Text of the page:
Achieving Environmental Justice through Human Rights Law

Read this article about the intersection of human rights and environmental justice for a deeper dive into the right to health and indigenous peoples' rights.

These dichotomies are one way to understand human rights. As the resource makes clear, an overlap can exist between seemingly different categories of rights, disagreements over the importance of certain rights, and debates over the most effective and meaningful ways to protect and promote these rights. As you review this section, compare your initial ideas about human rights to what you know now. How do you view these dichotomies now that you have more information?


The numerous interconnections between the environment and human rights are well established internationally. It is understood that environmental issues such as pollution, deforestation or the misuse of resources can impact on individuals’ and communities’ enjoyment of fundamental rights, including the right to health, the right to an adequate standard of living, the right to self‐determination and the right to life itself. These are rights which are guaranteed under international human rights law and in relation to which governments bear certain responsibilities. Further, environment al issues can also impact on governments' capacity to protect and fulfill the rights of their citizens. In this way human rights and environmental protection can be constructed as being mutually supportive.

In addition to these links between the environment and human rights, human rights principles arguably offer a framework for identifying and addressing environmental injustice. The justice implications of environmental problems are well documented and there are many examples where pollution, deforestation o r other degradation disproportionately impact upon poorer neighbourhoods or areas populated by minority groups. On the international level, environmental injustice exists between developed and developing States, as well as between present and future generations who will inherit the environment al problems we are creating today. This paper investigates the role of human rights principles, laws and mechanisms in addressing these instances of environmental injustice and argue s that the framework of human rights norms provides an approach to environmental governance which can help to minimise injustice and promote the interests of those groups which are most adversely affected. Further, it suggests that the human rights enforcement mechanisms which exist at international law could be utilised to lend weight to claims fo r more equitable environmental policies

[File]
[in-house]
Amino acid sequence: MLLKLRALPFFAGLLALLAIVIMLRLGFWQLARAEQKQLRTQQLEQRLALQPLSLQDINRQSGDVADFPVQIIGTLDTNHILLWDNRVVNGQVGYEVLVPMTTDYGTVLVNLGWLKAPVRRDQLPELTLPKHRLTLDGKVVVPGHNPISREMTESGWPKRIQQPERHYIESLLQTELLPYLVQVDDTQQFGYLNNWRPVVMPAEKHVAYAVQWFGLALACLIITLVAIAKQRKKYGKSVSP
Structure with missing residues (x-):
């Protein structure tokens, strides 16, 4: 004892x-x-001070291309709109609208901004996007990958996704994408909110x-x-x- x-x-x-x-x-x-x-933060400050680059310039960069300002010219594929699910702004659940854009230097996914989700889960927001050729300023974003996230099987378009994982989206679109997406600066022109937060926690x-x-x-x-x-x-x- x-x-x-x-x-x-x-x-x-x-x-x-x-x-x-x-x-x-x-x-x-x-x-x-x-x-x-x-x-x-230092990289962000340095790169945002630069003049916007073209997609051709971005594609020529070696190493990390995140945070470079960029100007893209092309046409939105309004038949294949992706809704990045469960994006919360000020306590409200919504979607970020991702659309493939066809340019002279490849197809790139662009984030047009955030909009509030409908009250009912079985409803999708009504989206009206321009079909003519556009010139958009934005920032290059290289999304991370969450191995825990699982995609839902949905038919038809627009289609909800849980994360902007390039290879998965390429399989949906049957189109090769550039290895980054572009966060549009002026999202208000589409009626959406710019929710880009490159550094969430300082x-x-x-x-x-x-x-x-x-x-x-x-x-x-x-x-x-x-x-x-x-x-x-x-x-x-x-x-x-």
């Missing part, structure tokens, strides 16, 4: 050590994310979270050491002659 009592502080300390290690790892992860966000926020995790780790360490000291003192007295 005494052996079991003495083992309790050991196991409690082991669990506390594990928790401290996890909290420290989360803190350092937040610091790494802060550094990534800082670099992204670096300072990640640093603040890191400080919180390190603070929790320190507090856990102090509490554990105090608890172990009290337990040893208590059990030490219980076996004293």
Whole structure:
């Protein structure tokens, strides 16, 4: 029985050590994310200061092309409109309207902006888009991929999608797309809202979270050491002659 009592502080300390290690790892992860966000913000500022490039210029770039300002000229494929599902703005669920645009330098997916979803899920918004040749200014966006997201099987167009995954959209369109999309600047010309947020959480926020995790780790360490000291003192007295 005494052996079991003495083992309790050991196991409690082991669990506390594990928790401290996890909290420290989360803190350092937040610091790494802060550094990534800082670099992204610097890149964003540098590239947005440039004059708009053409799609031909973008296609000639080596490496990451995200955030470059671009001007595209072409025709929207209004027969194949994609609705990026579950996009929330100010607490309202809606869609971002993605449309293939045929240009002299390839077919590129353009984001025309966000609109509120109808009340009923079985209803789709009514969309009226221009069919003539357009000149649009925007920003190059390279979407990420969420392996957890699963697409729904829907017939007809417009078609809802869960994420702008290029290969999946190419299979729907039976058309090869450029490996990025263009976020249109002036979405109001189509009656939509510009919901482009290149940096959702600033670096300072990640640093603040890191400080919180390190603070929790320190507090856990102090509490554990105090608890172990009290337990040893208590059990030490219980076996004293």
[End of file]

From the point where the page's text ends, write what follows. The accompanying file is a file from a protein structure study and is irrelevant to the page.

Keywords: Human rights, environmental justice, environmental equity, inter‐generational equity, international law.


Environmental justice is concerned with the fair and equal distribution of environmental burdens and benefits at local, national and international level s. It also strives to secure the meaningful participation in decision‐making processes of those who are most likely to be affected by environmental change s which implicate them and to ensure that those who are negatively affected have adequate recourse to compensation or other remedies. Environmental injustice can therefore be identified wherever there is inequality or unfairness in the distribution of environmental burdens, where there is exclusion from the processes which determine how that distribution will be effected, or where disproportionate distribution is not balanced by sufficient reparation. This extends to potential injustices between developed and developing States, and between p resent and future generations.

It is not a coincidence that instances of environmental injustice are often accompanied by or constitute human rights violations. It has long been recognised that environmental harm can amount to a violation of human rights when it affects an individual’s or a community’s ability to enjoy or exercise their fundamental rights, such as the rights to health, to an adequate standard of living, or to self‐determination. Where environmental harm is widespread, it is common to find violations of other rights including rights related to the freedom of the press, access to justice and participation in democratic processes of government. This paper explores the nature of the relationship between human rights and the environment, and in particular analyses the role which human rights principles, laws and mechanisms may play in identifying and addressing instances of environmental injustice. It argues that the framework of human rights law provides a normative approach to environmental governance which can help minimise injustice and promote the interests of those groups which are most adversely affected by environmental change. Further, it suggests that the human right s enforcement mechanisms which exist at international law could be utilised to lend more weight to claims for more equitable environmental policies.

The Relationship between the Environment and the Human Rights Legal Framework